When President Trump signed the National Defense Authorization Bill back in December, he not only put the largest defense budget in history into action, he also made the building of a “355 ship Navy” part of the formal national policy. That provision, championed by Senate Seapower Subcommittee Chairman Roger Wicker and Rep. Rob Wittman, mandated that the Navy grow by a whopping 78 ships as quickly as is “practical.”

“With his signature, President Trump has confirmed the United States’ resolve to meet the growing needs of our U.S. Navy,” Wicker said in a statement. “Building up our nation’s fleet is essential to protecting our national security and projecting American power around the globe.”

Unfortunately, while that provision was heavy on “resolve,” it was light on practicality. Although the Navy took the number and marched with it, even internal, and arguably optimistic projections don’t foresee reaching that 355 number until well into the 2050s – further than the Navy is willing to even do budget projections for.

“This is a helpful move, if largely symbolic,” said Bryan McGrath, a retired destroyer captain and consultant with The Ferrybridge Group, at the time.

In the months since, some have come to question America’s real commitment to that figure, as projections show a significant increase in ship production in the coming years, followed by a sharp downturn that will coalesce with a number of Navy ships reaching the end of their operational service life. In other words, the fleet will grow in the short term, before shrinking again – and lawmakers are counting on securing funds to offset that trend sometime in the future.

“It’s simply a number thrown out there. I think they said they hope to achieve a 355-ship navy by what is it, the 2050s, somewhere way off in the distance,” said Rep. Adam Smith, (D-Wash.), the ranking member of the House Armed Services Committee.

“We can barely predict what will happen in two months now, really, 2050 you’re going to tell me how many ships we’re going to have, based on everything going on.”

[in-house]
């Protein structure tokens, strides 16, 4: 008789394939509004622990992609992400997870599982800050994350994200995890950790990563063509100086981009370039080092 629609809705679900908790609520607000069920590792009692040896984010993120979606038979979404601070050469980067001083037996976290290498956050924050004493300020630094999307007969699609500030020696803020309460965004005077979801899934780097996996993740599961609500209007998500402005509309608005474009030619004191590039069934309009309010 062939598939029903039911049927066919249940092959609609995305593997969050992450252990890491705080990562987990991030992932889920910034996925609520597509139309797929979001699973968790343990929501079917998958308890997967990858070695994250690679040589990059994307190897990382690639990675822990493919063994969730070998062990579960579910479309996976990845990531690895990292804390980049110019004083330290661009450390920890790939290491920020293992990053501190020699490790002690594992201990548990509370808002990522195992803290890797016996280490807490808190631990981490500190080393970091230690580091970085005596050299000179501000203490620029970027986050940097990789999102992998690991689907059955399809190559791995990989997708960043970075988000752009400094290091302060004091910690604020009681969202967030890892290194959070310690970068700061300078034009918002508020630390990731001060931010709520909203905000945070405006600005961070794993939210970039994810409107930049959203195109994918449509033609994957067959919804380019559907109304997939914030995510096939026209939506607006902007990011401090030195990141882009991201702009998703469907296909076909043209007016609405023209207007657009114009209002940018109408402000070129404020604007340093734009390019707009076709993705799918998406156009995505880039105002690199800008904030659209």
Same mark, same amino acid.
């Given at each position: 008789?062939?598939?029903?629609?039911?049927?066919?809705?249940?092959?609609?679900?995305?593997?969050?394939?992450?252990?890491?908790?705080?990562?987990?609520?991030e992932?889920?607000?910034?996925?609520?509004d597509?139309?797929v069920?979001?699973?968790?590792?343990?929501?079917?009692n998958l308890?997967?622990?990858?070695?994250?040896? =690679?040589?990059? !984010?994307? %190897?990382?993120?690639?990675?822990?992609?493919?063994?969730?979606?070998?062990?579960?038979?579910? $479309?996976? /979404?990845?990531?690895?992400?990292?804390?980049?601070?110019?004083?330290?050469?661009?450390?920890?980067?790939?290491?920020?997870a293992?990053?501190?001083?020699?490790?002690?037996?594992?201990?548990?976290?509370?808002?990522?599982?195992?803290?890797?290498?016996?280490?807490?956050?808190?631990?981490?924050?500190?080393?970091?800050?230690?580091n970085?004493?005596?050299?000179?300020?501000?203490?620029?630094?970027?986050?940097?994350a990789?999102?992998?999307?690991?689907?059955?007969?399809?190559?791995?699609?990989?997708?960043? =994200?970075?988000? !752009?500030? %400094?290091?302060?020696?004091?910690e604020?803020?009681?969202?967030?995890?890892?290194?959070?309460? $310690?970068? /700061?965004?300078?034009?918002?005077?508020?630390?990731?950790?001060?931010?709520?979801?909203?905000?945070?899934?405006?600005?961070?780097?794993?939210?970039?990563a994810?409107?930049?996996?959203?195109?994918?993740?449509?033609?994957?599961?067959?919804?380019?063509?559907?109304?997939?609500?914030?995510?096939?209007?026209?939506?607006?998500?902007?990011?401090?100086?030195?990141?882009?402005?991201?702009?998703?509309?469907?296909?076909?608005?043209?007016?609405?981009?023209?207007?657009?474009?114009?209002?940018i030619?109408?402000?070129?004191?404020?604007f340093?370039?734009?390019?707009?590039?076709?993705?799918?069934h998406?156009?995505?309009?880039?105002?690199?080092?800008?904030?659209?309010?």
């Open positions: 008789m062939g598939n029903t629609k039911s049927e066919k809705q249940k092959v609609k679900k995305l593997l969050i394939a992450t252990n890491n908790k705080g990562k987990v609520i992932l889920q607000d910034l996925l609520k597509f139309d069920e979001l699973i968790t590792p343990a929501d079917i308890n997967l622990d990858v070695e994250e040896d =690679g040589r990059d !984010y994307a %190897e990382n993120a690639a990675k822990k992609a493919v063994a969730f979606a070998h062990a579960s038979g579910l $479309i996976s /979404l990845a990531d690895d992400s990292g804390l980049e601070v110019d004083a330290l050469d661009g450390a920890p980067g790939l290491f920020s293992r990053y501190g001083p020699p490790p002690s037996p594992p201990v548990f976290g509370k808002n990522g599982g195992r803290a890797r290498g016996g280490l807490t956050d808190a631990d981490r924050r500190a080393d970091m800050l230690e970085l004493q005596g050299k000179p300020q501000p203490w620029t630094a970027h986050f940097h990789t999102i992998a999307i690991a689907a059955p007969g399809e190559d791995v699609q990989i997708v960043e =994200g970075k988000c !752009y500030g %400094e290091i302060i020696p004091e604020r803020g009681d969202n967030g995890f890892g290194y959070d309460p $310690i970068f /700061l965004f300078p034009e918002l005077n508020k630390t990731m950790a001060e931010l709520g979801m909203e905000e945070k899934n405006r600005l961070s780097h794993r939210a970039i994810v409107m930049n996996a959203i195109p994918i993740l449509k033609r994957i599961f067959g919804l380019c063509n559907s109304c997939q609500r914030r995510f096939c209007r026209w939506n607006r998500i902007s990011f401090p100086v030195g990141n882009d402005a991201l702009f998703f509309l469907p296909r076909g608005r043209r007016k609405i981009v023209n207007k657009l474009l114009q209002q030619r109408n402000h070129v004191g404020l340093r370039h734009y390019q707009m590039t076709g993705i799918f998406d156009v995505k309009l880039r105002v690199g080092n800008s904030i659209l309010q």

Even Senator Roger Wicker, who played a vital role in having the provision included in the 2018 NDAA has since been critical of the Navy’s plan to reach 355 ships – calling the timeline, which is loosely slated out to 2050, “unacceptable.”

“The budget request was good, but it wasn’t good enough,” Wicker said in March. “The Navy’s 2019 budget request is $22 billion for 10 new ships but we wanted them to come up with 26 billion for 14 new ships.”

According to Wicker, the Navy will reach 326 ships by around 2023, but the numbers will begin to drop again from there.

“Suddenly there’s a dip,” Wicker said. “We don’t like the dip.”

However, his congressional cohort in the legislative process for the NDAA, Rep. Rob Wittman, warned lawmakers and defense officials away from questioning the 355 ship figure on Wednesday, suggesting that saying such a goal was either impractical under current funding models or too lofty in general could compromise the initiative to resolve these spending issues.

“I think if you get ambivalent about the number, it becomes difficult to communicate,” he explained. “You have to say 355 is the number.”

According to Wittman, the number was determined through a macro-analysis of multiple fleet strength studies, and that wavering from the number in professional discussion could hamper progress toward securing the necessary funding.

“This wasn’t just a number just a number that was pulled out of the air, this was an objectively reached number, and we think that ought to be the central part of the discussion,” Wittman said. “I think the Navy needs to be unambivalent about that number.”

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It would seem, then, that Wittman, like many other lawmakers and Navy officials, is concerned about how financially likely a 355 ship Navy really could be. Using buzzwords in politics and policy making has proven effective, which is why hearing the same phrases repeated by pundits from both parties has become such a commonplace practice in interviews, so Wittman might be right about the power of perception when it comes to matching Trump’s promise to the nation’s pocket book.

However, even Wittman recognizes that getting caught up in the numbers can distract the nation from fielding the right equipment at the right time.

I would argue the Navy needs to be talking about the number, and what’s the composition of the number,” Wittman said. “What types of ships do you build? What’s the next generation of ships? What are the capabilities on board those ships? How do you mate those with unmanned systems?”

“As much as it sounds great to have all these additional resources, the demand in the short-term really exceeds the resources, so it’s really about trading priorities and say, what things can we wait a little bit longer to do,” Wittman said.

Image courtesy of the U.S. Navy